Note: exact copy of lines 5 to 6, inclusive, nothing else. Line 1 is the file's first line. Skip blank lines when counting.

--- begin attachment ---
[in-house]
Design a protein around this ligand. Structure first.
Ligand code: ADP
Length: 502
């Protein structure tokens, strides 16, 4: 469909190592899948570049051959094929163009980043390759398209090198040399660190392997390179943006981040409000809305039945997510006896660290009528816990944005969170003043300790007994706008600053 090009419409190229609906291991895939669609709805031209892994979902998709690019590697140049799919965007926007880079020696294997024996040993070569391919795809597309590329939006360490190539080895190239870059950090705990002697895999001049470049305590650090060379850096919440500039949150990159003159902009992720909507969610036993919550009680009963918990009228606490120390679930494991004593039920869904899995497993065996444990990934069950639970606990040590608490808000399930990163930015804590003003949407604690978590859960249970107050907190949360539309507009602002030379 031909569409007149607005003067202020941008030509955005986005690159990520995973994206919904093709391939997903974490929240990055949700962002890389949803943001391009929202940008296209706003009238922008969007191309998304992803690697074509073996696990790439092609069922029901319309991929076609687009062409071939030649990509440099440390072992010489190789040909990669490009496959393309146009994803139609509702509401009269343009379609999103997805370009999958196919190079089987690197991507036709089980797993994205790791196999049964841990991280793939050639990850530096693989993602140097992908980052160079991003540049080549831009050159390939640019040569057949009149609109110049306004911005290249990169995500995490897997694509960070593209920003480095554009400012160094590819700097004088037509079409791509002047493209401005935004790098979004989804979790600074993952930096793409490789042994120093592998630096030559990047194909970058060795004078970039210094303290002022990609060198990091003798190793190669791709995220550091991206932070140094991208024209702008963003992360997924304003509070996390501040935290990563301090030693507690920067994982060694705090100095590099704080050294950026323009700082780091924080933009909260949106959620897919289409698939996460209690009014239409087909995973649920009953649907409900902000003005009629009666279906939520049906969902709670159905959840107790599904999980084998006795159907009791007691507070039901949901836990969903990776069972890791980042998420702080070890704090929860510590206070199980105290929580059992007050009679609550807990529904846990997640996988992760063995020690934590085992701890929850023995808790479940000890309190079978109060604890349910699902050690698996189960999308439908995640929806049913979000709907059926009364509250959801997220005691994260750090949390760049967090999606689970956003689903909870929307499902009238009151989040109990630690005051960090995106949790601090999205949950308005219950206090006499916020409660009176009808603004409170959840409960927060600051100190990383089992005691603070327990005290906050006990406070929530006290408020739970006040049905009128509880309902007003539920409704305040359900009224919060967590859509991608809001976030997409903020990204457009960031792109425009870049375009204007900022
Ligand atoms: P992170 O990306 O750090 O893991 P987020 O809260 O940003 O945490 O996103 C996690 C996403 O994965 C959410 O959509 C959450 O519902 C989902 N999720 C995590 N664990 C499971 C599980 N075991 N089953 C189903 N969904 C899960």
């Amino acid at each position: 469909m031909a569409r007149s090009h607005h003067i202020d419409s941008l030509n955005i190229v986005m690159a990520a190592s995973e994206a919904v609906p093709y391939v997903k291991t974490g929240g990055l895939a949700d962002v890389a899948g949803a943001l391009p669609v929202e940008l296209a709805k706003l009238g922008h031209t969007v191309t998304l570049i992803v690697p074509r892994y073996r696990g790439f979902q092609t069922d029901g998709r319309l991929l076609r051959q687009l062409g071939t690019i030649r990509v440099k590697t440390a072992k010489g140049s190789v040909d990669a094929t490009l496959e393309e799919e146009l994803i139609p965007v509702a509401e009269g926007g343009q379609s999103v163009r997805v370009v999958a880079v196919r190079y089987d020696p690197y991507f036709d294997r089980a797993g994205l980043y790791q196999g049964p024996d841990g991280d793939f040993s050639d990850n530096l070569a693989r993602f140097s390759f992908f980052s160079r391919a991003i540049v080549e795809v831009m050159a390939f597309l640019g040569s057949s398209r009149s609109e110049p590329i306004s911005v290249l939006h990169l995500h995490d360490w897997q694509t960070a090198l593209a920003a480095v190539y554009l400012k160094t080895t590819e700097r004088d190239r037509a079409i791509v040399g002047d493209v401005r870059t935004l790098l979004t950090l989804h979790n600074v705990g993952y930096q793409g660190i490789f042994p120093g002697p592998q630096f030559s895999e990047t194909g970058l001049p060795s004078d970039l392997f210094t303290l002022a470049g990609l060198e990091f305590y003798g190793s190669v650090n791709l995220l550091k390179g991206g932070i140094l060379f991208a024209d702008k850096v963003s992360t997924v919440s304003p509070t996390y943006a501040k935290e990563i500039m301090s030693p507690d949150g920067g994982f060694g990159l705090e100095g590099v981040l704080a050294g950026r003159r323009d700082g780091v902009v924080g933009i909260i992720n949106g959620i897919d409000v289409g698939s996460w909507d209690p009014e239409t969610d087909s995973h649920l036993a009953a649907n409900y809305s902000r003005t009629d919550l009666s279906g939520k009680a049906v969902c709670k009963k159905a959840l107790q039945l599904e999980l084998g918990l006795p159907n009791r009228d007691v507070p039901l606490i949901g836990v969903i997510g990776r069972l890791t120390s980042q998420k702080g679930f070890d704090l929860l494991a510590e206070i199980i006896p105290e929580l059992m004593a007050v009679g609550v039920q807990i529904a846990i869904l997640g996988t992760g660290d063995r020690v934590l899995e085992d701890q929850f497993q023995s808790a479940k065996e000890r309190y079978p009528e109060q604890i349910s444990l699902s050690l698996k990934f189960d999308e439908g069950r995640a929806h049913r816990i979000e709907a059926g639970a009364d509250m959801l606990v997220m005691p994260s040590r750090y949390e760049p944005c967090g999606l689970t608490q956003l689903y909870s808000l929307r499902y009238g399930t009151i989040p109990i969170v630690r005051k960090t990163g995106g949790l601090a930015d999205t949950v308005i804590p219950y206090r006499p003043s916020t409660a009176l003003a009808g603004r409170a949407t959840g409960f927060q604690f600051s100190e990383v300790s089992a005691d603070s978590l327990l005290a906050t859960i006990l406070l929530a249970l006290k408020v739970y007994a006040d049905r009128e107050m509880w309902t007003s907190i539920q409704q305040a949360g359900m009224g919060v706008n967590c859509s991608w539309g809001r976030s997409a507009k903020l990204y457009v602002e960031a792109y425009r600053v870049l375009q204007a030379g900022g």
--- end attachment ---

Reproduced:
């Protein structure tokens, strides 16, 4: 469909190592899948570049051959094929163009980043390759398209090198040399660190392997390179943006981040409000809305039945997510006896660290009528816990944005969170003043300790007994706008600053 090009419409190229609906291991895939669609709805031209892994979902998709690019590697140049799919965007926007880079020696294997024996040993070569391919795809597309590329939006360490190539080895190239870059950090705990002697895999001049470049305590650090060379850096919440500039949150990159003159902009992720909507969610036993919550009680009963918990009228606490120390679930494991004593039920869904899995497993065996444990990934069950639970606990040590608490808000399930990163930015804590003003949407604690978590859960249970107050907190949360539309507009602002030379 031909569409007149607005003067202020941008030509955005986005690159990520995973994206919904093709391939997903974490929240990055949700962002890389949803943001391009929202940008296209706003009238922008969007191309998304992803690697074509073996696990790439092609069922029901319309991929076609687009062409071939030649990509440099440390072992010489190789040909990669490009496959393309146009994803139609509702509401009269343009379609999103997805370009999958196919190079089987690197991507036709089980797993994205790791196999049964841990991280793939050639990850530096693989993602140097992908980052160079991003540049080549831009050159390939640019040569057949009149609109110049306004911005290249990169995500995490897997694509960070593209920003480095554009400012160094590819700097004088037509079409791509002047493209401005935004790098979004989804979790600074993952930096793409490789042994120093592998630096030559990047194909970058060795004078970039210094303290002022990609060198990091003798190793190669791709995220550091991206932070140094991208024209702008963003992360997924304003509070996390501040935290990563301090030693507690920067994982060694705090100095590099704080050294950026323009700082780091924080933009909260949106959620897919289409698939996460209690009014239409087909995973649920009953649907409900902000003005009629009666279906939520049906969902709670159905959840107790599904999980084998006795159907009791007691507070039901949901836990969903990776069972890791980042998420702080070890704090929860510590206070199980105290929580059992007050009679609550807990529904846990997640996988992760063995020690934590085992701890929850023995808790479940000890309190079978109060604890349910699902050690698996189960999308439908995640929806049913979000709907059926009364509250959801997220005691994260750090949390760049967090999606689970956003689903909870929307499902009238009151989040109990630690005051960090995106949790601090999205949950308005219950206090006499916020409660009176009808603004409170959840409960927060600051100190990383089992005691603070327990005290906050006990406070929530006290408020739970006040049905009128509880309902007003539920409704305040359900009224919060967590859509991608809001976030997409903020990204457009960031792109425009870049375009204007900022
Ligand atoms: P992170 O990306 O750090 O893991 P987020 O809260 O940003 O945490 O996103 C996690 C996403 O994965 C959410 O959509 C959450 O519902 C989902 N999720 C995590 N664990 C499971 C599980 N075991 N089953 C189903 N969904 C899960």